Thomas Zehetmair / Ruth Killius

With Feldman's inherent classicism a significant link, violin virtuoso Thomas Zehetmair and violist Ruth Killius delivered an all-acoustic performance (no microphones, no PA system) that spanned four centuries and four countries, from Wolfgang Amadeus Mozart (Germany) and Niccolò Paganini (Italy) to Heinz Holliger (Switzerland), Bohuslav Martinů (Czechoslovakia) and Giacanto Scelsi (Italy).

It was no coincidence that the duo opened with Mozart's graceful yet majestic "Duo G-Due KV 423," since Mannheim was a place the prolific and mercurial composer spent considerable time—quite possibly in Mannheim Castle itself, the home of "The Blue Sound" festival. The duo's remarkable performance made great use of the large, acoustically resonant Hall of Knights to create a sound much fuller than might be expected from simply a violin and viola. Both players possessed the dynamics and profound sense of nuance to do more than just bring the music to life, creating a visible sense of interaction that, despite the more scripted music, mirrored Abercrombie's performance in the Castle's auditorium.

Zehetmair left the stage to Killius, who took the performance to a more modern place with Scelsi's "Manto 3," a challenging but deeply moving piece written for viola and female voice. Known for working around a single pitch with microtonal variations and drama created through use of timbre and dynamics, it was brief but powerful piece, as Killius sang in a deep voice that, even without knowing the words, felt like an outpouring of rage and grief, her viola creating the key context around which her singing orbited and intersected.

Holliger's "Drei Skizzen für Violine und Viola"—written specifically for Zehetmair and Killius—remained in avant territory, the first of its miniature movements a confluence of harmonics; more color and texture than melody. The second movement was paradoxically fuller in harmony yet sonically more hollow, the result of a device fitted on the bridges of both instruments to mute the complexion. The final movement was one of contrapuntal complexity, as viola and violin moved at times in parallel, elsewhere seemingly inexorably interlocked.

An aspect to the performance that was most remarkable was how a simple musical dyad could create so much harmonic implication. Zehetmair's solo performance of three miniatures from Paganini: 24 Capricci were sequenced to create a miniature narrative within the context of the entire concert. Zehetmair's stunning virtuosity was, perhaps, at its most visible here as his dyadic implications were executed with rare precision and articulation, a true marvel of a performance that brought music written nearly 200 years ago into the 21st century.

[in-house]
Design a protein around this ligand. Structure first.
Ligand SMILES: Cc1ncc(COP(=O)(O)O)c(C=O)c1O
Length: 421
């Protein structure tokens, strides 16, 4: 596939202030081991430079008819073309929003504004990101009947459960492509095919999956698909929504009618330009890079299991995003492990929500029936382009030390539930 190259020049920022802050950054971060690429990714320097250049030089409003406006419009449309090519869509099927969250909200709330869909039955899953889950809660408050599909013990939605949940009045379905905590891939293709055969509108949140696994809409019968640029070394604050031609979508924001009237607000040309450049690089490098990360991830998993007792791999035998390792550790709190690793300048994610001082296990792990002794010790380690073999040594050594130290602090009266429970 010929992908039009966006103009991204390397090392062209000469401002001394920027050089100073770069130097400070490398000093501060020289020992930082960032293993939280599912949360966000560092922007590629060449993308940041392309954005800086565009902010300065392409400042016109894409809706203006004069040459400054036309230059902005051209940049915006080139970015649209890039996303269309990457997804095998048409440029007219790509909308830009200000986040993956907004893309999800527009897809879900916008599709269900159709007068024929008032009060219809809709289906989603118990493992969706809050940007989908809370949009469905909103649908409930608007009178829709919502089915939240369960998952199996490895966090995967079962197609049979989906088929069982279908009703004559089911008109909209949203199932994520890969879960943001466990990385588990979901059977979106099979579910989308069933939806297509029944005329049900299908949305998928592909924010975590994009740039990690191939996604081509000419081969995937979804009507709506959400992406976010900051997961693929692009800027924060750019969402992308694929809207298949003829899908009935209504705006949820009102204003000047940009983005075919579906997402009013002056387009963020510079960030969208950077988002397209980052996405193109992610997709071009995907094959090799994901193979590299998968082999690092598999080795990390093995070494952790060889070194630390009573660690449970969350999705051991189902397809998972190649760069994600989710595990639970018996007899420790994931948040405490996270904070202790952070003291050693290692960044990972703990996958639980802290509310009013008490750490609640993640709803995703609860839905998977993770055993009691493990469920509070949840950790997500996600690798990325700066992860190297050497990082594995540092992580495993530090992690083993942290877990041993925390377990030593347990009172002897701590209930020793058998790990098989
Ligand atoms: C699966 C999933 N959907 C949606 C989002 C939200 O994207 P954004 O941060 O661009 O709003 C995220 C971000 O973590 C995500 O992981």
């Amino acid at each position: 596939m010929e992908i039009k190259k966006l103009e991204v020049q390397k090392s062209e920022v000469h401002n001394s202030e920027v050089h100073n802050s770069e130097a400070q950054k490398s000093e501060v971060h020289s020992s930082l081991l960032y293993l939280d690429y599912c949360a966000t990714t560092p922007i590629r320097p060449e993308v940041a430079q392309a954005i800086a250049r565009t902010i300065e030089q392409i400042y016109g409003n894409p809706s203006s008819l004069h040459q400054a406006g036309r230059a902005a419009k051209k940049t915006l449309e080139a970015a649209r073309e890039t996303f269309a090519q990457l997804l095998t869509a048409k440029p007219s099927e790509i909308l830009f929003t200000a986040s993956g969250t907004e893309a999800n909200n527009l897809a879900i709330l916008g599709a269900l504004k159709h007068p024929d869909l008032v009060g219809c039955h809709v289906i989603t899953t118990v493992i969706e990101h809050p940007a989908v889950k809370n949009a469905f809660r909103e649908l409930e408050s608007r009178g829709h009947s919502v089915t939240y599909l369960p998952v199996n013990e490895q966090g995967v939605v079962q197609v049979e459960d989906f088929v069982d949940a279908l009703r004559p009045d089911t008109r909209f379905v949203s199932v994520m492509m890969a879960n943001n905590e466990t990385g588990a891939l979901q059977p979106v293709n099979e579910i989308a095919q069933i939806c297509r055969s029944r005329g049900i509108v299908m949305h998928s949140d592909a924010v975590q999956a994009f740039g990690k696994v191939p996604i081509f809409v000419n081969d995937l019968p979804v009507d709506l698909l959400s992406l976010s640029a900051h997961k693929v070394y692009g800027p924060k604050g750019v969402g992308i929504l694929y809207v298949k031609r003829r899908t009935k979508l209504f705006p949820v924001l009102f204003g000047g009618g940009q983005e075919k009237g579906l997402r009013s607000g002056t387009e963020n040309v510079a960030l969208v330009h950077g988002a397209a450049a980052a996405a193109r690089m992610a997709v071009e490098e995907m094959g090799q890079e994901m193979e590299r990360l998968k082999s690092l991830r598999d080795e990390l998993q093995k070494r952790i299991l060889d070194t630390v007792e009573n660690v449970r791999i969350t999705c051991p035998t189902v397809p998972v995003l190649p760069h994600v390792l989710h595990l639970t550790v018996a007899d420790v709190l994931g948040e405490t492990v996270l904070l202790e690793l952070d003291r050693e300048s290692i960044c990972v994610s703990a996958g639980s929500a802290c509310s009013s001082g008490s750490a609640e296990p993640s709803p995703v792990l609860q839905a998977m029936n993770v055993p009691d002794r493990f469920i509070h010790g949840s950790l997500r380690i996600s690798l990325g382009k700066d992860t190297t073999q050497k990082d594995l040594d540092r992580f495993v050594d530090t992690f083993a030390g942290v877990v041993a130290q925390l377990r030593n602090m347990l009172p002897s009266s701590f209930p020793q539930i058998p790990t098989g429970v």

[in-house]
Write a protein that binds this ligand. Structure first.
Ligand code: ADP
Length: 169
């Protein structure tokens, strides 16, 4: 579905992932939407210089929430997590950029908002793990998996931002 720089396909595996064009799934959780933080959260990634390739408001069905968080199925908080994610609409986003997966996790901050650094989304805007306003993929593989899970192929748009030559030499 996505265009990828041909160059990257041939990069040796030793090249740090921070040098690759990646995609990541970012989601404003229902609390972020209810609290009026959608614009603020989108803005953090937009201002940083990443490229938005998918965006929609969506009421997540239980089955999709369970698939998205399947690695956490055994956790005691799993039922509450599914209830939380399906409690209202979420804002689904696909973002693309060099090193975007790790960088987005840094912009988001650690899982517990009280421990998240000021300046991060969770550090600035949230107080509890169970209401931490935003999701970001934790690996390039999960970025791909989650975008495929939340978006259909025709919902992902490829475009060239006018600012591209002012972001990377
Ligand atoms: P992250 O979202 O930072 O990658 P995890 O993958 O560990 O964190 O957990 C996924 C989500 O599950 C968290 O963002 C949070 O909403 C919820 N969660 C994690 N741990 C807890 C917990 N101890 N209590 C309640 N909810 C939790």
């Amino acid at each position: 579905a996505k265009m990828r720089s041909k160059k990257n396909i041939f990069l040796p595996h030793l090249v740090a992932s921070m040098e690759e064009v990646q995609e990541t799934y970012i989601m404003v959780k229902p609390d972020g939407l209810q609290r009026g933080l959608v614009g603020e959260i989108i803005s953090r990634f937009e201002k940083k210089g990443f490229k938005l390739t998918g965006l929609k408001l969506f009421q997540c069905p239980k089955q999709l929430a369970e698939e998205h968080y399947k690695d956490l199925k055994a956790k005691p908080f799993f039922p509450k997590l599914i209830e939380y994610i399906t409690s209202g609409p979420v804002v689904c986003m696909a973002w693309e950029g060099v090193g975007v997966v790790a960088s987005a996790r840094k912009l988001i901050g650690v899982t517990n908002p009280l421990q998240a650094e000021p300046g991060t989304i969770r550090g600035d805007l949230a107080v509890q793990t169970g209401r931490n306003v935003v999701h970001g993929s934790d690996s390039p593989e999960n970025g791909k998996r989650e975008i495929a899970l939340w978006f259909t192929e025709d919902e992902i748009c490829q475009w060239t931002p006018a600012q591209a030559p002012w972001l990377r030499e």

Martinů's "Drei Madrigale," a relatively contemporary suite of three pieces that, nevertheless, brought the concert full circle with more accessible and, again, slightly majestic melodies, brought the concert to a close. The appreciative and fully attentive audience demanded—and received—a well-deserved encore written by British composer Peter Maxwell Davies. With a strong mix of music from centuries past and contemporary chamber jazz, "The Blue Sound: 40 Years of ECM" got off to a fine start, auguring well for the three days to follow.

Egberto Gismonti / Alexandre Gismonti

As empathic as band members can become, especially after years of working together, the familial bond is inevitably a stronger one. Rare but not completely uncommon, it's possible to find examples in jazz where siblings work together to great effect. The Heath Brothers is one such example; in the case of The Moutin Reunion Quartet the bond is even tighter, with twin brothers François and Louise Moutin demonstrating an even deeper connection—one equally shared by twin brothers Alex Cline and Nels Cline on the now relatively rare occasions when they work together. Rarer still is the opportunity to see father and son work together. Argentinean bandoneonist Dino Saluzzi's group, responsible for Juan Condori (ECM, 2006), brings brothers and sons together, but larger group settings are rarely as intimate as the most exposed of musical settings, the duo. And so, Enjoy Jazz's appearance by the highly influential Brazilian composer/pianist/guitarist Egberto Gismonti and his son, guitarist Alexandre, was a performance that demonstrated just how acute the connection between father and son can be, especially when translated into music.